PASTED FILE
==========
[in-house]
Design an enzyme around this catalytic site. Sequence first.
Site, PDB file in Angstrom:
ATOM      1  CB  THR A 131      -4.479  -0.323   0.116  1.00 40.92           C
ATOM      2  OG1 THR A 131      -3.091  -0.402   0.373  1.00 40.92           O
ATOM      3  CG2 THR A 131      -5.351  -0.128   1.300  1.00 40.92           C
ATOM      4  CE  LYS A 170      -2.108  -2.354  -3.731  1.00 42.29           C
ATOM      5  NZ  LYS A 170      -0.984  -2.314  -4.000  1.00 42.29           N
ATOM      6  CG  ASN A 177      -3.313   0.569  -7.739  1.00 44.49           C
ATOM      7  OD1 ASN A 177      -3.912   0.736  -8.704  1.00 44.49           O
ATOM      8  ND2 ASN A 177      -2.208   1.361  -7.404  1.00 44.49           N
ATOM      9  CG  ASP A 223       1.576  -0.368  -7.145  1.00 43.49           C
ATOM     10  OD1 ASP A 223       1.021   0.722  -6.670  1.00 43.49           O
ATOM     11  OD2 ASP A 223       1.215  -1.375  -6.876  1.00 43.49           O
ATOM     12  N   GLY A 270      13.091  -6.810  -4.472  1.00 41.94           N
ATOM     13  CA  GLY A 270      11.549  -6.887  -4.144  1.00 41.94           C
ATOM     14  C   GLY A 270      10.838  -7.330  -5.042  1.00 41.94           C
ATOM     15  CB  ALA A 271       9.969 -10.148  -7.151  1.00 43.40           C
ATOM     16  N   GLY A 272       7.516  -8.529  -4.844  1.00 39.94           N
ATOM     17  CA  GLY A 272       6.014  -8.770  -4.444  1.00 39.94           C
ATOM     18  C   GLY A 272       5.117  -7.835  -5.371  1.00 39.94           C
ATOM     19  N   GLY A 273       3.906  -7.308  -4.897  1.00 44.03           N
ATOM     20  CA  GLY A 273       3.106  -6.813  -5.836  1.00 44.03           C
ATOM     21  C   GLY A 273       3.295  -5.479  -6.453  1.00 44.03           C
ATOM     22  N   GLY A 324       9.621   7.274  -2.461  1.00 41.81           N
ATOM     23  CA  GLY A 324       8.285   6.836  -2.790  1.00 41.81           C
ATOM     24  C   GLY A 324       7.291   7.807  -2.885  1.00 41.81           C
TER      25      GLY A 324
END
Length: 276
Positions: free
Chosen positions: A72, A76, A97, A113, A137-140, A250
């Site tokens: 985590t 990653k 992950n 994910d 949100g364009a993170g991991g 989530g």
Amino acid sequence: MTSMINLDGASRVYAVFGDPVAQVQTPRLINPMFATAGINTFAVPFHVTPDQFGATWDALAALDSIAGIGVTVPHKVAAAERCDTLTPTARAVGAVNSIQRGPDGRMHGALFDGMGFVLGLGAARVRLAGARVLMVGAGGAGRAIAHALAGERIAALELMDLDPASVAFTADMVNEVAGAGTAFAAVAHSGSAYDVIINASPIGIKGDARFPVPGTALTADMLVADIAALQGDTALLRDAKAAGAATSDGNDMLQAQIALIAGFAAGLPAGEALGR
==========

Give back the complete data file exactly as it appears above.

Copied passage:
[in-house]
Design an enzyme around this catalytic site. Sequence first.
Site, PDB file in Angstrom:
ATOM      1  CB  THR A 131      -4.479  -0.323   0.116  1.00 40.92           C
ATOM      2  OG1 THR A 131      -3.091  -0.402   0.373  1.00 40.92           O
ATOM      3  CG2 THR A 131      -5.351  -0.128   1.300  1.00 40.92           C
ATOM      4  CE  LYS A 170      -2.108  -2.354  -3.731  1.00 42.29           C
ATOM      5  NZ  LYS A 170      -0.984  -2.314  -4.000  1.00 42.29           N
ATOM      6  CG  ASN A 177      -3.313   0.569  -7.739  1.00 44.49           C
ATOM      7  OD1 ASN A 177      -3.912   0.736  -8.704  1.00 44.49           O
ATOM      8  ND2 ASN A 177      -2.208   1.361  -7.404  1.00 44.49           N
ATOM      9  CG  ASP A 223       1.576  -0.368  -7.145  1.00 43.49           C
ATOM     10  OD1 ASP A 223       1.021   0.722  -6.670  1.00 43.49           O
ATOM     11  OD2 ASP A 223       1.215  -1.375  -6.876  1.00 43.49           O
ATOM     12  N   GLY A 270      13.091  -6.810  -4.472  1.00 41.94           N
ATOM     13  CA  GLY A 270      11.549  -6.887  -4.144  1.00 41.94           C
ATOM     14  C   GLY A 270      10.838  -7.330  -5.042  1.00 41.94           C
ATOM     15  CB  ALA A 271       9.969 -10.148  -7.151  1.00 43.40           C
ATOM     16  N   GLY A 272       7.516  -8.529  -4.844  1.00 39.94           N
ATOM     17  CA  GLY A 272       6.014  -8.770  -4.444  1.00 39.94           C
ATOM     18  C   GLY A 272       5.117  -7.835  -5.371  1.00 39.94           C
ATOM     19  N   GLY A 273       3.906  -7.308  -4.897  1.00 44.03           N
ATOM     20  CA  GLY A 273       3.106  -6.813  -5.836  1.00 44.03           C
ATOM     21  C   GLY A 273       3.295  -5.479  -6.453  1.00 44.03           C
ATOM     22  N   GLY A 324       9.621   7.274  -2.461  1.00 41.81           N
ATOM     23  CA  GLY A 324       8.285   6.836  -2.790  1.00 41.81           C
ATOM     24  C   GLY A 324       7.291   7.807  -2.885  1.00 41.81           C
TER      25      GLY A 324
END
Length: 276
Positions: free
Chosen positions: A72, A76, A97, A113, A137-140, A250
């Site tokens: 985590t 990653k 992950n 994910d 949100g364009a993170g991991g 989530g």
Amino acid sequence: MTSMINLDGASRVYAVFGDPVAQVQTPRLINPMFATAGINTFAVPFHVTPDQFGATWDALAALDSIAGIGVTVPHKVAAAERCDTLTPTARAVGAVNSIQRGPDGRMHGALFDGMGFVLGLGAARVRLAGARVLMVGAGGAGRAIAHALAGERIAALELMDLDPASVAFTADMVNEVAGAGTAFAAVAHSGSAYDVIINASPIGIKGDARFPVPGTALTADMLVADIAALQGDTALLRDAKAAGAATSDGNDMLQAQIALIAGFAAGLPAGEALGR